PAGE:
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Solar ALMA observations: constraining the chromosphere above sunspots by M. Loukitcheva et al.*

20 Feb 2018, 10:02 UTC
Solar ALMA observations: constraining the chromosphere above sunspots  by M. Loukitcheva et al.*
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Our understanding of sunspots is far from complete despite intensive research over hundreds of years. Radiation at submillimeter and millimeter wavelengths is formed in local thermodynamic equilibrium (LTE) in the low to mid chromosphere, and its intensity depends linearly on the ambient temperature of the medium. Observations at these wavelengths thus provide important diagnostics of sunspot chromospheres (Loukitcheva et al. 2014). The largest radio telescope in the world, the Atacama Large Millimeter/Submillimeter Array (ALMA), which started scientific solar observations in 2016, provides high-resolution observations at mm wavelengths that can resolve and isolate structures within a sunspot (umbra and penumbra), allowing us to test models for the chromospheres of such features. Using ALMA Science Verification data from 2015, we compare ALMA observations of a sunspot at two mm wavelengths with the predictions of sunspot umbral and penumbral models.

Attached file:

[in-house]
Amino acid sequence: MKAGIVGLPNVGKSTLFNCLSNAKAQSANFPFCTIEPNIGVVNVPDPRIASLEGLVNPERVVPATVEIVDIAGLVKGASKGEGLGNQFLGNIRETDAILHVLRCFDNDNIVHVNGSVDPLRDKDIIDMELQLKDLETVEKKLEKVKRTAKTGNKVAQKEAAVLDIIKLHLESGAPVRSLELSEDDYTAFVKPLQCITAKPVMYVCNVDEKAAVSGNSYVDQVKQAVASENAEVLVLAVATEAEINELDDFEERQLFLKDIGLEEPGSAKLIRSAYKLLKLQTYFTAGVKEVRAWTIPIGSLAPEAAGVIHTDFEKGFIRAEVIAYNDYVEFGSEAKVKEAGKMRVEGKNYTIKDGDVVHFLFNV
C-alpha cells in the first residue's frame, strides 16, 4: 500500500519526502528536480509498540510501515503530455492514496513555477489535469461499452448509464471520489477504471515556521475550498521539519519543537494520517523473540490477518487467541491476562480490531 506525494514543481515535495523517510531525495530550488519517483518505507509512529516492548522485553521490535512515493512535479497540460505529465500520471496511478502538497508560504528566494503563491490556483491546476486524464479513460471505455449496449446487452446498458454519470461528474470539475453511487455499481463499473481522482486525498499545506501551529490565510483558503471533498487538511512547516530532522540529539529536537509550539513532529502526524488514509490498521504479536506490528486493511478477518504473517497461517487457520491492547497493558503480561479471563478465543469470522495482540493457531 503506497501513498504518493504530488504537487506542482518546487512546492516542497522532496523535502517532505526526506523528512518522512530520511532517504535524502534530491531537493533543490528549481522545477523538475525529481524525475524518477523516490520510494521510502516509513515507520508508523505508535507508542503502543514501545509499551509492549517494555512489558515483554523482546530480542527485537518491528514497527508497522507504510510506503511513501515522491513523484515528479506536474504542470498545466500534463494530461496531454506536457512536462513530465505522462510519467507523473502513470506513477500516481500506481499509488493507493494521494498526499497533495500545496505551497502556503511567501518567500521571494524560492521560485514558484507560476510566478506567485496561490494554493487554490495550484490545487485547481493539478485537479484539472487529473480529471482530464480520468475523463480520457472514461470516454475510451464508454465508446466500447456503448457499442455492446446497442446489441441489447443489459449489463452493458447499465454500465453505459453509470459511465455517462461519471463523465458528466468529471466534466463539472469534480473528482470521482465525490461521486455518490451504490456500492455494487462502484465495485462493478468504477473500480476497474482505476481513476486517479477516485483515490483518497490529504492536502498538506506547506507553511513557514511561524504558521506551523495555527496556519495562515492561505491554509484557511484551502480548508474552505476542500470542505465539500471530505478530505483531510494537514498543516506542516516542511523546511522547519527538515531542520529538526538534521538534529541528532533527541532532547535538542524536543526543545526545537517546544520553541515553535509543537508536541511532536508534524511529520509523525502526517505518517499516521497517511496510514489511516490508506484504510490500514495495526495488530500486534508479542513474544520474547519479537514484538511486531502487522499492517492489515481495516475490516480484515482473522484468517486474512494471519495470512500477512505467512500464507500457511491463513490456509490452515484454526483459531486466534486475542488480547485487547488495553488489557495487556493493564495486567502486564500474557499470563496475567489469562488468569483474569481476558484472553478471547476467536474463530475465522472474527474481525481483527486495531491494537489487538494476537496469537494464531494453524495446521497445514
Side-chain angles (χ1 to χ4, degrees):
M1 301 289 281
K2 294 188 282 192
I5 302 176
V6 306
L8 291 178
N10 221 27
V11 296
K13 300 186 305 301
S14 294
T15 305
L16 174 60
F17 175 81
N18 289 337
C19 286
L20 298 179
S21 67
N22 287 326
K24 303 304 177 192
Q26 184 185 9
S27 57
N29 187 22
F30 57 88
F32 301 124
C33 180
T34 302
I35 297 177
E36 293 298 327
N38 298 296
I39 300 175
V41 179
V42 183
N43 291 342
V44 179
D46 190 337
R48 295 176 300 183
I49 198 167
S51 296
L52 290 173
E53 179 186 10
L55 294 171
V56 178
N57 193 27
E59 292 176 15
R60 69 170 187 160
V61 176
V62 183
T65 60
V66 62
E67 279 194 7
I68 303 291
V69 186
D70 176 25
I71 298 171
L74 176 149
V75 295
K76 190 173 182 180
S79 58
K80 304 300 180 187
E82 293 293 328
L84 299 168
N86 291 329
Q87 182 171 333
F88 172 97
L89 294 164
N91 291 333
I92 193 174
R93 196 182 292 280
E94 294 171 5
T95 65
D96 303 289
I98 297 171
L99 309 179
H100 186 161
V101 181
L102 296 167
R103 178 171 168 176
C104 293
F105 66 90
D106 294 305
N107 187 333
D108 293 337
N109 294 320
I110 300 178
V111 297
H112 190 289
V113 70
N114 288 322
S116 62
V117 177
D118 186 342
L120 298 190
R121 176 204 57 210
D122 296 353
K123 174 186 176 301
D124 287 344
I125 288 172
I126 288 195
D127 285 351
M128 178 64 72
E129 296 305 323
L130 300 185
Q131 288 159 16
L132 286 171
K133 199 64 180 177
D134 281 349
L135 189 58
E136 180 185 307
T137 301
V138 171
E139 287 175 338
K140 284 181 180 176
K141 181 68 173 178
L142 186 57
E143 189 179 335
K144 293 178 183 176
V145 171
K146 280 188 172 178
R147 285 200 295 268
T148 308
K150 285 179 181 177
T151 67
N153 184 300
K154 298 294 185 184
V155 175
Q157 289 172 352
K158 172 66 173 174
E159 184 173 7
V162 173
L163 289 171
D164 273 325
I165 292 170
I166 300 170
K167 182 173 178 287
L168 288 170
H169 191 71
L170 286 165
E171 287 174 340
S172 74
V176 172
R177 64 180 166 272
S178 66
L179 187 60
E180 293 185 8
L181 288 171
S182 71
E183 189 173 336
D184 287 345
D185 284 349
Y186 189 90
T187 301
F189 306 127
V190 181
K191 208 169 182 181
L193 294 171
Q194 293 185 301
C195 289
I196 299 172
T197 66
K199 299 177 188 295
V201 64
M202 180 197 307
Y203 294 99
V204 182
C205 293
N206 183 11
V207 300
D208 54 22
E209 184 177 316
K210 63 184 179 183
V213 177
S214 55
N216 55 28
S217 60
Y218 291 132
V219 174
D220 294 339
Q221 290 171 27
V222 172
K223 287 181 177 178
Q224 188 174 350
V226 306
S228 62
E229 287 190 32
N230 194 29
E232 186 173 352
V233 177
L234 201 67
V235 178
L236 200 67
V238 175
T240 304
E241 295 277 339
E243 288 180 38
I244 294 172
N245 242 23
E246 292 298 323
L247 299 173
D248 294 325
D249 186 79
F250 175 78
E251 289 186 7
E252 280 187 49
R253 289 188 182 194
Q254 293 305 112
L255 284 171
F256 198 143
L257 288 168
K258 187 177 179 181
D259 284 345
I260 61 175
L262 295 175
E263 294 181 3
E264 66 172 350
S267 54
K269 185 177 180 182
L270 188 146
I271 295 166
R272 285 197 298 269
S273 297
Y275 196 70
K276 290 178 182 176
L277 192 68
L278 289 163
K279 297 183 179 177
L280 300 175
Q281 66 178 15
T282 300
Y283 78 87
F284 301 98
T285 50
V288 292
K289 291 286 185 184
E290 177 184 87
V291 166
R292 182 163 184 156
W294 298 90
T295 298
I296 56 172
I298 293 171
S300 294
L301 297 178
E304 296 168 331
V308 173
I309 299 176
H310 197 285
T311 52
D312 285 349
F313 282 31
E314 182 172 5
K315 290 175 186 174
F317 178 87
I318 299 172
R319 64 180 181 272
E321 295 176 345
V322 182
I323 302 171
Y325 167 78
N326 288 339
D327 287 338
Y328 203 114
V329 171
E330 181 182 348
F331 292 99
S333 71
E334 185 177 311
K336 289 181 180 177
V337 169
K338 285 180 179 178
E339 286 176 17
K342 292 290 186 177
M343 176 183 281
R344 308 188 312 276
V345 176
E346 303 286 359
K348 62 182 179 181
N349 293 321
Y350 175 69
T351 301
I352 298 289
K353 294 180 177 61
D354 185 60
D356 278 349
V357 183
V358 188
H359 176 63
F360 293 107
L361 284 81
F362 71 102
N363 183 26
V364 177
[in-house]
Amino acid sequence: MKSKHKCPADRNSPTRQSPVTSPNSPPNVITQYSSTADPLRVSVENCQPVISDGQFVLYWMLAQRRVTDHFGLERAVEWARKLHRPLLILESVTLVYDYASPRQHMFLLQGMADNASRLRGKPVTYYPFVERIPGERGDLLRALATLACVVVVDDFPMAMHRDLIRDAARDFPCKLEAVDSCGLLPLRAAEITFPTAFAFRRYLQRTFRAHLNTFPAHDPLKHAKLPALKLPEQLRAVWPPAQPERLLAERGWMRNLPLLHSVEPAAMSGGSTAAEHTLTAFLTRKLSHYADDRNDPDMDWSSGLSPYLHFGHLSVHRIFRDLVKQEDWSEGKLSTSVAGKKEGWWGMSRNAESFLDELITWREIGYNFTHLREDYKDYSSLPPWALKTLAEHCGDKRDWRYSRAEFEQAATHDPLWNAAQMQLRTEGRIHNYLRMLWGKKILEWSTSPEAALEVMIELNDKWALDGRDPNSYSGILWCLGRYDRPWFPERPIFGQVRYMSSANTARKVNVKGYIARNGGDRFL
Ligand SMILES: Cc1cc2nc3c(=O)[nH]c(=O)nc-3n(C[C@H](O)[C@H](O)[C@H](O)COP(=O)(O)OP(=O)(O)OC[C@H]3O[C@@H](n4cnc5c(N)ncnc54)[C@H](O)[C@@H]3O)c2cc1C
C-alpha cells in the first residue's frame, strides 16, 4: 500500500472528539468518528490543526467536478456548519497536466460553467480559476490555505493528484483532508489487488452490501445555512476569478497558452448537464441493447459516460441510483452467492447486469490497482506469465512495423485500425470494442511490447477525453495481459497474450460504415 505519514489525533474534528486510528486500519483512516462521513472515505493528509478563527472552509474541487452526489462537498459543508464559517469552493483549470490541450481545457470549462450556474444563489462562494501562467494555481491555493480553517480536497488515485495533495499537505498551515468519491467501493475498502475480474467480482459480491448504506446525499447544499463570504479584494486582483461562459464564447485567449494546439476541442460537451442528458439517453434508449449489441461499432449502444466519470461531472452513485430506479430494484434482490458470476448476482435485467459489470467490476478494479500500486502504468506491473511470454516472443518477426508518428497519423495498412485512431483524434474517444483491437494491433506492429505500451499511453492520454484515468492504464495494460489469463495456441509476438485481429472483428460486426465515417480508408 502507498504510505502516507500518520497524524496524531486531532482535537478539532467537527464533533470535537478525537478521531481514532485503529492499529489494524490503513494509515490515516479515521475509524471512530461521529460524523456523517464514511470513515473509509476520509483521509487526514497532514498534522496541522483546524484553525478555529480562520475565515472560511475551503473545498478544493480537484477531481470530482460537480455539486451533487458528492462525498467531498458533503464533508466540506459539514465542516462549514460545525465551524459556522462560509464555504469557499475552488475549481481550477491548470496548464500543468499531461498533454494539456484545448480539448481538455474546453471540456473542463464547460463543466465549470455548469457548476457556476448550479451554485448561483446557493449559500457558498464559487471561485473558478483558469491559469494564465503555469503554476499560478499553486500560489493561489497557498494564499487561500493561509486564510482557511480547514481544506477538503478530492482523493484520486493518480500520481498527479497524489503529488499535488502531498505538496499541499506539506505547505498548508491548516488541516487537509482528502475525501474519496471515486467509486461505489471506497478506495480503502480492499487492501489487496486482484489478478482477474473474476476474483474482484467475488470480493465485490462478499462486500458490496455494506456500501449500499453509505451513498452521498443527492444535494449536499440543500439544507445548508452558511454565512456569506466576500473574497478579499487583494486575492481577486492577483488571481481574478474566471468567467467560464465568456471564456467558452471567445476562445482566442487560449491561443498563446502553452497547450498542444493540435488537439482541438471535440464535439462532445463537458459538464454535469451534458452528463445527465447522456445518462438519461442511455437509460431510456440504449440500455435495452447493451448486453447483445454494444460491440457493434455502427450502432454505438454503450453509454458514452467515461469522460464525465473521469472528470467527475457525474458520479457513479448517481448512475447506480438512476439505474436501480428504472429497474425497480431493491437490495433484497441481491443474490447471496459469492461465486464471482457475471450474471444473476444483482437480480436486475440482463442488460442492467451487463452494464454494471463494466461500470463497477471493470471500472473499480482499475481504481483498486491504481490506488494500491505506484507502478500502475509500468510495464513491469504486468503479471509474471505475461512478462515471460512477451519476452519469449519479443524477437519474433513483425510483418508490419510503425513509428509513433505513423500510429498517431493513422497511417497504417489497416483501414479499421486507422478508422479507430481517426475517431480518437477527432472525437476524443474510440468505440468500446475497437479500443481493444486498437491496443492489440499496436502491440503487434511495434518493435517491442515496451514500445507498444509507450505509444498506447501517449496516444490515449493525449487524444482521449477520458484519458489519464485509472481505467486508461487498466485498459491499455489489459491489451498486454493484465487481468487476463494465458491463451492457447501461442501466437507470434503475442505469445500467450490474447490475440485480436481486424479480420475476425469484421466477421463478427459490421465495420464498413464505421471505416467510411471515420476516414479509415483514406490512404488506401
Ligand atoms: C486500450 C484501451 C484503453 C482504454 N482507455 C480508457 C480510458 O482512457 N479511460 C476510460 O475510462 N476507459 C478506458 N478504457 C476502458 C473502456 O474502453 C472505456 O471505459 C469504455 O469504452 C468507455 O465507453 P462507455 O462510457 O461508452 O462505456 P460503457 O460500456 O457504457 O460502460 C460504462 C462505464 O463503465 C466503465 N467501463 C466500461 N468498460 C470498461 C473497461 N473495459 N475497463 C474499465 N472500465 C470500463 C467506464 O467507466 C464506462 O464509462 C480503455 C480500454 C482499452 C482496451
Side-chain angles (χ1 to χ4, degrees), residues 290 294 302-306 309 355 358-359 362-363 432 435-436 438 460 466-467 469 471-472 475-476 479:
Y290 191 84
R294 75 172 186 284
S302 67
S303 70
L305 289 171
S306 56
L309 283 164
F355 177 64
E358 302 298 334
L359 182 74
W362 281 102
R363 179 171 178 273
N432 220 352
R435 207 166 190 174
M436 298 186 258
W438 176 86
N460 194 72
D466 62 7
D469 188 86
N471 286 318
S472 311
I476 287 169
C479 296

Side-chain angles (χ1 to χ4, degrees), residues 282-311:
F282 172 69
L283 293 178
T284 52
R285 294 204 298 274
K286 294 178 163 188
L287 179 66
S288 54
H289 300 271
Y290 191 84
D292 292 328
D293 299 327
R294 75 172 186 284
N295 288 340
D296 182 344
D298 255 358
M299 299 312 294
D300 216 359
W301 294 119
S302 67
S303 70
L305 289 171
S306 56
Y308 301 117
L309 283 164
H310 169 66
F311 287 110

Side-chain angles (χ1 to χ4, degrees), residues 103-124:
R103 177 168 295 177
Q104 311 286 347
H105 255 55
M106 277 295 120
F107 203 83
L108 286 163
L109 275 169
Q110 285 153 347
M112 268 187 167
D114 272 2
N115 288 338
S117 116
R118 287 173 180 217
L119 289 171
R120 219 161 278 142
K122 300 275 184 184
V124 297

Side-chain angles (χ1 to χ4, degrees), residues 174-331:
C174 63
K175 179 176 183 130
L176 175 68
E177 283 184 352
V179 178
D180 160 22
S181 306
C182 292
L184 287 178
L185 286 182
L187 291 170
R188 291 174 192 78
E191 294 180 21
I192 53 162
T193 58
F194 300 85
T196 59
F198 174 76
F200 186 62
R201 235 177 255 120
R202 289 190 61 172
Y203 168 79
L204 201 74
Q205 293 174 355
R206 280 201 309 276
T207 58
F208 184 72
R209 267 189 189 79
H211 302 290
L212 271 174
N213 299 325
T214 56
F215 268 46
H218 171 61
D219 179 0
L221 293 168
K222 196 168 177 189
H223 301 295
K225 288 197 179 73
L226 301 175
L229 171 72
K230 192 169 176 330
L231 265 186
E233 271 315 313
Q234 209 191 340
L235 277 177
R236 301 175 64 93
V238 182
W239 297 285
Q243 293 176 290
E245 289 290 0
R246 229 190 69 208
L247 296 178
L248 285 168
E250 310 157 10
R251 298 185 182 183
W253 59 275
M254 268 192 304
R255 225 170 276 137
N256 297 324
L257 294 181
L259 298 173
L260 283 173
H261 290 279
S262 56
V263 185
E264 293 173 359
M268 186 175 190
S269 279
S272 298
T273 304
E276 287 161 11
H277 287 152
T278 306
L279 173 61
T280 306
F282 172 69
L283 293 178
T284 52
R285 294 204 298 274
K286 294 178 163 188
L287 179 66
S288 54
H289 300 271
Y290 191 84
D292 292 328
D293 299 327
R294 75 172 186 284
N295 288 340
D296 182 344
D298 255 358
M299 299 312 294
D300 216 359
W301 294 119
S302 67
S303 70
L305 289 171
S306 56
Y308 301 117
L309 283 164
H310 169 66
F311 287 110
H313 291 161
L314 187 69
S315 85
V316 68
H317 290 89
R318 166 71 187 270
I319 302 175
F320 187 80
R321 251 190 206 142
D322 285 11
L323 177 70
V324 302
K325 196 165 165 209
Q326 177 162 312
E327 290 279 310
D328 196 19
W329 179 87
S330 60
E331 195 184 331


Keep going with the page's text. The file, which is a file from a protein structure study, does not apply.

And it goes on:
ALMA observations and data analysis
The ALMA observations were carried out on 2015-12-16 at 100 GHz (corresponding to a wavelength of 3mm), and on 2015-12-18-12 at 230 GHz (1.3 mm). The images were synthesized from interferometric mosaic observations with beam sizes of 4.9′′x2.2′′ and 2.4′′x0.9′′ at 3 mm and 1.3 mm, respectively, and cover a field-of-view (FOV) of 300′′x300′′ at 3 mm ...

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